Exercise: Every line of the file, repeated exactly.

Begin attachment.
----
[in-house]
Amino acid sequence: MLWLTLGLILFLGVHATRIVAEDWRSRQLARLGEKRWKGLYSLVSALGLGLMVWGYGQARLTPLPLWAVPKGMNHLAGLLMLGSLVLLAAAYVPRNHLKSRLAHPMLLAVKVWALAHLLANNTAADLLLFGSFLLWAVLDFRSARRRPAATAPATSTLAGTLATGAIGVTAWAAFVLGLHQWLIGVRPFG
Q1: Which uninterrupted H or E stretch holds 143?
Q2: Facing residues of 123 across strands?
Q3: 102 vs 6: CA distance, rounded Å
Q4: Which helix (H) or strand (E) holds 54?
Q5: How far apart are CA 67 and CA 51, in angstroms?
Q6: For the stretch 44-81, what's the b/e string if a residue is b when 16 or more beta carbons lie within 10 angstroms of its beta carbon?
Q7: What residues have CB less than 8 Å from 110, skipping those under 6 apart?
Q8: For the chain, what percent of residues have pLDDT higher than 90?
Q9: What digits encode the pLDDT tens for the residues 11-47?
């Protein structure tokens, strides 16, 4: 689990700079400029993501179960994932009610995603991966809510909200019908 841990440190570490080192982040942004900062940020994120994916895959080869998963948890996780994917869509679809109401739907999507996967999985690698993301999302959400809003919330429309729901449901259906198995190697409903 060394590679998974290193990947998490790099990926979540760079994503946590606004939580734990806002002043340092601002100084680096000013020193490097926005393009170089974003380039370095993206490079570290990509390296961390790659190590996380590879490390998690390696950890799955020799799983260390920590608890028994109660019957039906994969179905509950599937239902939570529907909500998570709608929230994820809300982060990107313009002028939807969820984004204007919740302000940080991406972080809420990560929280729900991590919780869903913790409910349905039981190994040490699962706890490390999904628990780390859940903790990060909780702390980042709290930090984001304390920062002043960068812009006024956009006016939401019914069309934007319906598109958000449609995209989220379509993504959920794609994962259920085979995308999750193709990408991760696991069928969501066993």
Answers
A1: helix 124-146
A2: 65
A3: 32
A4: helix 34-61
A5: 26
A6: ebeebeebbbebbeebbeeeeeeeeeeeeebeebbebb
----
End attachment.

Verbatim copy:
[in-house]
Amino acid sequence: MLWLTLGLILFLGVHATRIVAEDWRSRQLARLGEKRWKGLYSLVSALGLGLMVWGYGQARLTPLPLWAVPKGMNHLAGLLMLGSLVLLAAAYVPRNHLKSRLAHPMLLAVKVWALAHLLANNTAADLLLFGSFLLWAVLDFRSARRRPAATAPATSTLAGTLATGAIGVTAWAAFVLGLHQWLIGVRPFG
Q1: Which uninterrupted H or E stretch holds 143?
Q2: Facing residues of 123 across strands?
Q3: 102 vs 6: CA distance, rounded Å
Q4: Which helix (H) or strand (E) holds 54?
Q5: How far apart are CA 67 and CA 51, in angstroms?
Q6: For the stretch 44-81, what's the b/e string if a residue is b when 16 or more beta carbons lie within 10 angstroms of its beta carbon?
Q7: What residues have CB less than 8 Å from 110, skipping those under 6 apart?
Q8: For the chain, what percent of residues have pLDDT higher than 90?
Q9: What digits encode the pLDDT tens for the residues 11-47?
């Protein structure tokens, strides 16, 4: 689990700079400029993501179960994932009610995603991966809510909200019908 841990440190570490080192982040942004900062940020994120994916895959080869998963948890996780994917869509679809109401739907999507996967999985690698993301999302959400809003919330429309729901449901259906198995190697409903 060394590679998974290193990947998490790099990926979540760079994503946590606004939580734990806002002043340092601002100084680096000013020193490097926005393009170089974003380039370095993206490079570290990509390296961390790659190590996380590879490390998690390696950890799955020799799983260390920590608890028994109660019957039906994969179905509950599937239902939570529907909500998570709608929230994820809300982060990107313009002028939807969820984004204007919740302000940080991406972080809420990560929280729900991590919780869903913790409910349905039981190994040490699962706890490390999904628990780390859940903790990060909780702390980042709290930090984001304390920062002043960068812009006024956009006016939401019914069309934007319906598109958000449609995209989220379509993504959920794609994962259920085979995308999750193709990408991760696991069928969501066993």
Answers
A1: helix 124-146
A2: 65
A3: 32
A4: helix 34-61
A5: 26
A6: ebeebeebbbebbeebbeeeeeeeeeeeeebeebbebb